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[595] Many friends called at once at 20 Hancock Street to welcome him home. He was in time to attend on the same day the funeral of Dr. Marshal S. Perry, his physician in 1856. He declined a serenade which was proposed for the evening, and a public dinner also proposed for a later date. He was present a few days after his arrival at a lecture in the Parker Fraternity course given by Carl Schurz, who had just come into prominence as a public speaker in the Eastern States. His presence drew out long and hearty cheers; and being persistently called for, he at length came forward, on the appeal of the chairman, and made a brief response, in which he paid a tribute to Mr. Schurz, and spoke of himself as, after a long struggle, at last a well man. The same evening he attended in Cambridge a political reception at the house of J. M. S. Williams. He visited both branches of the Legislature, then holding an extra session for the revision of the statutes. Wherever he went he was cordially and tenderly taken by the hand. On his way to Washington he was the guest of Mr. Fish in New York and of Mr. Furness in Philadelphia. His many friends in both cities, as well as those in Massachusetts, were gladdened to find him fully established in health, and ready with unimpaired physical and intellectual vigor to resume his career in the Senate, which had been interrupted for so long a period.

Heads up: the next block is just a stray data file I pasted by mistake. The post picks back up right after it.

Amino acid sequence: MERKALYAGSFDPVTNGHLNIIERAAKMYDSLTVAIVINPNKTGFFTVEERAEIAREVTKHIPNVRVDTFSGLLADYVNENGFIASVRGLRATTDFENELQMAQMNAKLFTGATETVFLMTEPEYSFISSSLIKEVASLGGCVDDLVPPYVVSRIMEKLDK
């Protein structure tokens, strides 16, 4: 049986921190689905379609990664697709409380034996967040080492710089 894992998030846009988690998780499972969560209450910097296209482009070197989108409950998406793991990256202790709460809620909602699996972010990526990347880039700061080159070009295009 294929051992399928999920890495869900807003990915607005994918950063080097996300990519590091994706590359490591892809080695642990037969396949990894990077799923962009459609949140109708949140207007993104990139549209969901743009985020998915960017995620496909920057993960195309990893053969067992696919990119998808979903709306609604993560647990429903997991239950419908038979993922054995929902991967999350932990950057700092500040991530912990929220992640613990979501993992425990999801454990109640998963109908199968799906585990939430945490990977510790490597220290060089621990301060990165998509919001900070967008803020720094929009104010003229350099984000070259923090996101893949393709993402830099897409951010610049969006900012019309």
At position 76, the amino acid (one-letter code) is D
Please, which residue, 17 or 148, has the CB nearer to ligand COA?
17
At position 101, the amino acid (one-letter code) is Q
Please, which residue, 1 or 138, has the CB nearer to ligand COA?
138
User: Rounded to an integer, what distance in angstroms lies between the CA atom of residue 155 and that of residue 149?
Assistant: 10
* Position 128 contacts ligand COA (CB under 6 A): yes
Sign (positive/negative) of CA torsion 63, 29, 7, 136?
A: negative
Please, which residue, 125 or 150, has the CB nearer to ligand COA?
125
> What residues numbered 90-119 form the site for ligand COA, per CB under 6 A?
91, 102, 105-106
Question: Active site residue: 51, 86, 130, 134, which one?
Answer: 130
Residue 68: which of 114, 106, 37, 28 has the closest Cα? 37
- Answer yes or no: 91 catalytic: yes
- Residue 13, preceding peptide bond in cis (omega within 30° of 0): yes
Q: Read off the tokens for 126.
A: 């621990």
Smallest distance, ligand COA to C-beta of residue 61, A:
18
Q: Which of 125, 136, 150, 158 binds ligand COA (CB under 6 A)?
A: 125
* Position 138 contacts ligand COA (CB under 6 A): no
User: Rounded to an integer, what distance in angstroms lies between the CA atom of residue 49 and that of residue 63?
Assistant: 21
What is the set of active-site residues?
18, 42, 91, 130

The people of Massachusetts were loyal to Sumner during his prolonged disability. His vote in the Senate was wanting not only on the trials of strength between slavery and freedom, but also on questions involving the interests of his State. With all this there was no murmuring, no call from any respectable quarter for his resignation. Here and there a politician might suggest a resignation as desirable; but the feeling was almost universal among the Republicans, then in a very large majority, that the State was best served by his remaining senator so long as there was any reasonable prospect of his restoration, and any suggestion that he should give place to another was promptly rebuked by leading journals1 and public men. If Massachusetts was

1 Worcester Spy, Dec. 29, 1858; Boston Advertiser, Sept. 16 and 18, 1858; BostonAtlas and Bee,’ Sept. 13, 1858; Springfield Republican, Dec. 21, 1858; New York Tribune, Jan. 24, 1857, June 11, 1858: J. G. Whittier in Boston Advertiser, Sept. 18, 1858. An attempt of the Democratic journal, the Boston Post, to torture the meaning of a resolution of the Republican convention so as to make it reflect Upon his absence from his post, was met by replies in the ‘Atlas and Bee,’ Sept. 10 and 22, 1858; New York Tribune, September 15 and October 2.

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